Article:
(NFL) February 4, 2018 – The Philadelphia Eagles defeated the New England Patriots 41-33 in Super Bowl LII. The game was played in Minneapolis in front of 67,612 fans.
(Obituary) February 4, 2018 – Jim Stillwagon, who played in the CFL, dies at the age of 68. Stillwagon played college football at Ohio State and was a defensive tackle. He helped lead the Buckeyes to an undefeated season in 1968 and a college football national championship. He was then selected in the fifth round of the 1971 NFL Draft by the Green Bay Packers, but he never played for the Packers. Instead he signed with the Toronto Argonauts in the Canadian Football League played for the Argos for five seasons from 1971-1975. He was a three-time CFL All-Star and was named an All-Time Argo in 2009.
(Obituary) February 4, 2018 – Edwin Jackson, a linebacker in the NFL, dies in a car crash at the age of 26. Jackson and another person were standing next to a car on the side of the road about 4 AM when they were hit and killed by a suspected drunk driver. Jackson played college football at Georgia Southern and was signed as an undrafted rookie free agent by the Arizona Cardinals. He then signed with the Indianapolis Colts in 2016 and played in all 16 games for the Colts. Jackson was placed on Injured reserve for the entire 2017 season.
(NFL) February 3, 2018 – The Pro Football Hall of Fame Class of 2018 was announced. The eight new members are linebacker Robert Brazile (Houston Oilers), safety Brian Dawkins (Philadelphia Eagles, Denver Broncos), guard Jerry Kramer (Green Bay Packers), linebacker Ray Lewis (Baltimore Ravens), wide receiver Randy Moss (Minnesota Vikings, Oakland Raiders, New England Patriots, Tennessee Titans, San Francisco 49ers), wide receiver Terrell Owens (San Francisco 49ers, Philadelphia Eagles, Dallas Cowboys, Buffalo Bills, Cincinnati Bengals), linebacker Brian Urlacher (Chicago Bears), contributor Bobby Beathard (Kansas City Chiefs, Atlanta Falcons, Miami Dolphins, Washington Redskins, San Diego Chargers).
(Obituary) January 20, 2018 – Jerry Keeling, a two-way player in the Canadian Football League for 15 seasons, dies at the age of 78. Keeling played college football at the University of Tulsa and signed with the Calgary Stampeders in 1961. He played quarterback and defensive back for Calgary from 1961-1972, winning a Grey Cup title with the team in 1971. He also played for the Ottawa Rough Riders from 1973-1975 and the Hamilton Tiger-Cats in 1975. He won a second Grey Cup championship in 1973 with Ottawa. As a quarterback, he completed a 109-yard touchdown pass in 1966 and on defense, he had a 102-yard fumble return in 1964. After he retired as a player, he returned to Calgary as an assistant coach in 1982 and 1983. Keeling was inducted into the Canadian Football Hall of Fame in 1989 and was added to the Stampeders Wall of Fame in 1990.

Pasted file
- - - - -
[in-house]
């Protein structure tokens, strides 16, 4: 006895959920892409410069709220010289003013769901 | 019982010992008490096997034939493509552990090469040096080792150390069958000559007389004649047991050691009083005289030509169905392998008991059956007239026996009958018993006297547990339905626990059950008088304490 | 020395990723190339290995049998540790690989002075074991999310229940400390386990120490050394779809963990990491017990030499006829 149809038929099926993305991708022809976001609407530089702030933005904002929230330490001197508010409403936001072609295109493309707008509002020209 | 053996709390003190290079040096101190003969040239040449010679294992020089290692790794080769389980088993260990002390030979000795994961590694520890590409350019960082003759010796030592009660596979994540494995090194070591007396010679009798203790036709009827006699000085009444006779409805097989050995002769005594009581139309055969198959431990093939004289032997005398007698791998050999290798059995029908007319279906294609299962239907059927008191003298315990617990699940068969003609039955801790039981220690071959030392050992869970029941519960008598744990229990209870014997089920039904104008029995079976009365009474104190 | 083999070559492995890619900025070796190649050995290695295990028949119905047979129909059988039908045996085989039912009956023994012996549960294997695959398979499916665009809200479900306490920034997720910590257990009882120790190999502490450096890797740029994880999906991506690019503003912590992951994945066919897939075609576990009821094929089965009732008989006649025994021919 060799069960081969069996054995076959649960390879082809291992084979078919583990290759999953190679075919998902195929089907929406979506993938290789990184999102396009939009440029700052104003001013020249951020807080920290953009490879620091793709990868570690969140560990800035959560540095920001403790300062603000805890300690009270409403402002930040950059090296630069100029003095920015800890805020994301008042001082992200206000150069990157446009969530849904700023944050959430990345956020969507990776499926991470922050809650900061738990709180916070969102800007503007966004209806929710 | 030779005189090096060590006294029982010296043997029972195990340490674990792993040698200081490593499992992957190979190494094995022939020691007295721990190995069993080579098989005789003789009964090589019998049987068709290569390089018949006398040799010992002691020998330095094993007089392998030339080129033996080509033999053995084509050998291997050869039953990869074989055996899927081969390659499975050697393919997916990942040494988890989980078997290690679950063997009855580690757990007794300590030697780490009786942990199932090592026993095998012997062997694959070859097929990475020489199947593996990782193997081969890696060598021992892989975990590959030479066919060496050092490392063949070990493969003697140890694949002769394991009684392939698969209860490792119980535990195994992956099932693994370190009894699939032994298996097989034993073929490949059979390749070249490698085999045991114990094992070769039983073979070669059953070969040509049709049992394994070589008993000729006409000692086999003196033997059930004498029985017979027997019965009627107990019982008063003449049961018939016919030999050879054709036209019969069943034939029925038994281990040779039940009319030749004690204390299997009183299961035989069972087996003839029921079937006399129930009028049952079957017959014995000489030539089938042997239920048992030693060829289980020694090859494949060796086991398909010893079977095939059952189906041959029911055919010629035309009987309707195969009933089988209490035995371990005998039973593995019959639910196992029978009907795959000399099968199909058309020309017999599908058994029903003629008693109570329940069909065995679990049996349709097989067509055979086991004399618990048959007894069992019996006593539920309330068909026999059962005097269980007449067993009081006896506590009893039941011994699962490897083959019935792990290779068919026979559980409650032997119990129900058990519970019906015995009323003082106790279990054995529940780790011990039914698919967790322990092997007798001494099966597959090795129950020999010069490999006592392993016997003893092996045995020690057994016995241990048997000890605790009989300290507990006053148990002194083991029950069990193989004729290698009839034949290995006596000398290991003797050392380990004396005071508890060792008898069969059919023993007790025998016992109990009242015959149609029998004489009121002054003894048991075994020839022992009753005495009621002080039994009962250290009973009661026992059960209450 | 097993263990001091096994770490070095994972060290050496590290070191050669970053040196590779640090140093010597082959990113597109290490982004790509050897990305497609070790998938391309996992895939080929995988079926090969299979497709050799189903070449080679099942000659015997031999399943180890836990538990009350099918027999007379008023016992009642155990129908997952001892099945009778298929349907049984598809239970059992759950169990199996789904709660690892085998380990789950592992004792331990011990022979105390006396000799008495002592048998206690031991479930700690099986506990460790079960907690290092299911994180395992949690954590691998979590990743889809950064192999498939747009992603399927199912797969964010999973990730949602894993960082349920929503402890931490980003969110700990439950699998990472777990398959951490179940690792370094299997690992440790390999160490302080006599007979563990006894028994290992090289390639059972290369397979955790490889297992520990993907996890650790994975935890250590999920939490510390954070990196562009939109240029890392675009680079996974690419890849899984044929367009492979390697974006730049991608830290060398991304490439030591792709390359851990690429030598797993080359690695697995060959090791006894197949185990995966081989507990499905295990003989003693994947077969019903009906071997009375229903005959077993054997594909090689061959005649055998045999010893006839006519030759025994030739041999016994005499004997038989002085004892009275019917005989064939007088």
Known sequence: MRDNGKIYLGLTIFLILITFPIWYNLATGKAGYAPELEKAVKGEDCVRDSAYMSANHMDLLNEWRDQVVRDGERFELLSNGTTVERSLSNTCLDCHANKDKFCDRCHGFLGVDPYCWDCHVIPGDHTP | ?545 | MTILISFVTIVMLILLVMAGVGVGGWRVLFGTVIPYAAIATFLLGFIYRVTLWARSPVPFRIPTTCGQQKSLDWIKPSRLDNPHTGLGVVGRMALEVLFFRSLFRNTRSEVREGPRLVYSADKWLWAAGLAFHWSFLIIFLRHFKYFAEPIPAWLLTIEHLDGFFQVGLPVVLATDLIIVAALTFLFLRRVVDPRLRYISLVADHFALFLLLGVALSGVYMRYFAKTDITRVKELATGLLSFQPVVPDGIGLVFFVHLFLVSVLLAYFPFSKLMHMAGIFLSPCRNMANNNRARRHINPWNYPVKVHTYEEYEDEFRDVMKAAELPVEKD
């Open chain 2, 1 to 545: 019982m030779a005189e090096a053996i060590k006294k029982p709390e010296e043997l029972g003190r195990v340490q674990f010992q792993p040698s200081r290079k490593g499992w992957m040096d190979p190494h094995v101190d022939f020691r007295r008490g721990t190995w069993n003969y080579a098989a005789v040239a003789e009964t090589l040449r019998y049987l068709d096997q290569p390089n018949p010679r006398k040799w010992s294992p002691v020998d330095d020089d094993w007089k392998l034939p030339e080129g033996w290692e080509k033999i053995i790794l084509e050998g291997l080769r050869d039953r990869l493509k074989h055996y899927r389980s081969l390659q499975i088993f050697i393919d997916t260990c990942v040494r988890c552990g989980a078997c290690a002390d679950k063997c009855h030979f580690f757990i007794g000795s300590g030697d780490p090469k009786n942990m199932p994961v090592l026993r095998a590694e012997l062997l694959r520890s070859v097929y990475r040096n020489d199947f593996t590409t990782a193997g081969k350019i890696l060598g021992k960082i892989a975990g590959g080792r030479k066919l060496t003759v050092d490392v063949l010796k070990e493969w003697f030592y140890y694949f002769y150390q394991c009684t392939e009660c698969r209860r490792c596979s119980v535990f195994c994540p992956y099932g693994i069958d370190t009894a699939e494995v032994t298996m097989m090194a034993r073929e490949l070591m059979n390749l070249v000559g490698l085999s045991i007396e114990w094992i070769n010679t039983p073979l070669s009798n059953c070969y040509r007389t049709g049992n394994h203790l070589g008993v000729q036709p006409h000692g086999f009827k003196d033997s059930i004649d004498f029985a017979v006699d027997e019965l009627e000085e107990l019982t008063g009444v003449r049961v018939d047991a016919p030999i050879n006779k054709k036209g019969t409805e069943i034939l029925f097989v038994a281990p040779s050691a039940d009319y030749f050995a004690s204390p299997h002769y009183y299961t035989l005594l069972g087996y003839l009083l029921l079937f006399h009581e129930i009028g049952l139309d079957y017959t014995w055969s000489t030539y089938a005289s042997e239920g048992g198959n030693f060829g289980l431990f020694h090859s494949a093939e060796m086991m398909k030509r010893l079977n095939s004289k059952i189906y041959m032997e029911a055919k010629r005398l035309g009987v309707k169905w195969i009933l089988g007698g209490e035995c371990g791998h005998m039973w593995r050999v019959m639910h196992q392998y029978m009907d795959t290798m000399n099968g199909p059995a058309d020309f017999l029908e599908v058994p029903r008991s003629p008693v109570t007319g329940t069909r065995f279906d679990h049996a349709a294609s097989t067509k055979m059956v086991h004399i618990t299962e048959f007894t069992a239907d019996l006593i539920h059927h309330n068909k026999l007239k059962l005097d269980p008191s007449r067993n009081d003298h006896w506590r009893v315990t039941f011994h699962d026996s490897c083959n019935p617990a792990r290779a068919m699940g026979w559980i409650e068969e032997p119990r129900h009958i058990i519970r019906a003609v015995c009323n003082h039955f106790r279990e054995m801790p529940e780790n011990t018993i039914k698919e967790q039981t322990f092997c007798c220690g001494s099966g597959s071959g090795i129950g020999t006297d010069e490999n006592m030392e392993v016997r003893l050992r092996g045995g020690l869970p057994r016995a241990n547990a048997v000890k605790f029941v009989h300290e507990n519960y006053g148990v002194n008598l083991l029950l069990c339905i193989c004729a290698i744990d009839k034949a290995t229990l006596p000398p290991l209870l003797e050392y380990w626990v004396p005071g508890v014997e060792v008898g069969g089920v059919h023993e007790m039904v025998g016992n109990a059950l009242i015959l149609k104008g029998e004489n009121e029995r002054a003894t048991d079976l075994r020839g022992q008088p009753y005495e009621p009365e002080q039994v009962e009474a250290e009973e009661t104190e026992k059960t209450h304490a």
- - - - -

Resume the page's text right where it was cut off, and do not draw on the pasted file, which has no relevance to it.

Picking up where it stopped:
(Obituary) January 12, 2018 – Keith Jackson, the legendary college football broadcaster, dies at the age of 89. After spending time in the Marine Corps, Jackson attended Washington State University and received a degree in broadcast journalism in 1954. He spent 10 years at ABC station KOMO in Seattle doing news and sports before he became the sports director of ABC Radio West. He then began broadcasting college football for ABC Sports in 1966. When ABC’s “Monday Night Football” was introduced 1970, Jackson was the play-by-play broadcaster and worked alongside Howard Cosell and Don Meredith. However, he was replaced by former New York Giants star, Frank Gifford after just one season on the show. He returned to broadcasting college football games in 1971 and became the voice of college football for a generation of fans over the next 30 years. The National Sports Media Association named Jackson Sportscaster of the Year five consecutive years, from 1972 to 1976. Jackson also worked USFL games from 1983-1985. Over the years he also worked baseball, NBA and college basketball games and even auto racing. He worked 10 Summer and Winter Olympics and appeared on “ABC’s Wide World of Sports.” He is credited with being the first to refer to the Rose Bowl as “The Granddaddy of Them All” and Michigan Stadium as “The Big House.” His signature phrase was “Whoa Nelly.” His last game was the 2006 Rose Bowl. He was inducted into the Sports Broadcasting Hall of Fame in 2009.
(College) January 8, 2018 - Alabama defeated Georgia 26-23 in overtime to with the college football national championship. It was the Crimson Tide's fifth title since 2009 and its 12th since 1961.
(College/FCS) January 6, 2018 - The #2 ranked North Dakota State Bison defeated the #1 ranked James Madison Dukes 17-13 to win the national championship of the Football Championship Subdivision (FCS), formerly known as Division I-AA. The Bison won their sixth national title in seven years and their 14th title overall since 1965. The Dukes were the defending DII national champions.
(Obituary) January 4, 2018 – Carmen “Carm” Cozza, the legendary coach at Yale University, dies at the age of 87. Cozza played college football at Miami (Ohio) where he played quarterback, running back and defensive back. He became the school’s freshman football coach in 1956 and move up to the varsity staff in 1961. He became an assistant coach at Yale in 1963 and the head coach there in 1965. He remained the head coach at Yale for 32 years, from 1965-1996 and posted a record of 179-119-5. He led the Bulldogs to 10 Ivy League titles and was the winningest coach in Ivy League history at the time of his retirement. After he retired, he became a special assistant to the Athletic Director at Yale as well as doing color commentary during Bulldog football game through 2016. Cozza was inducted into the College Football Hall of Fame in 2002.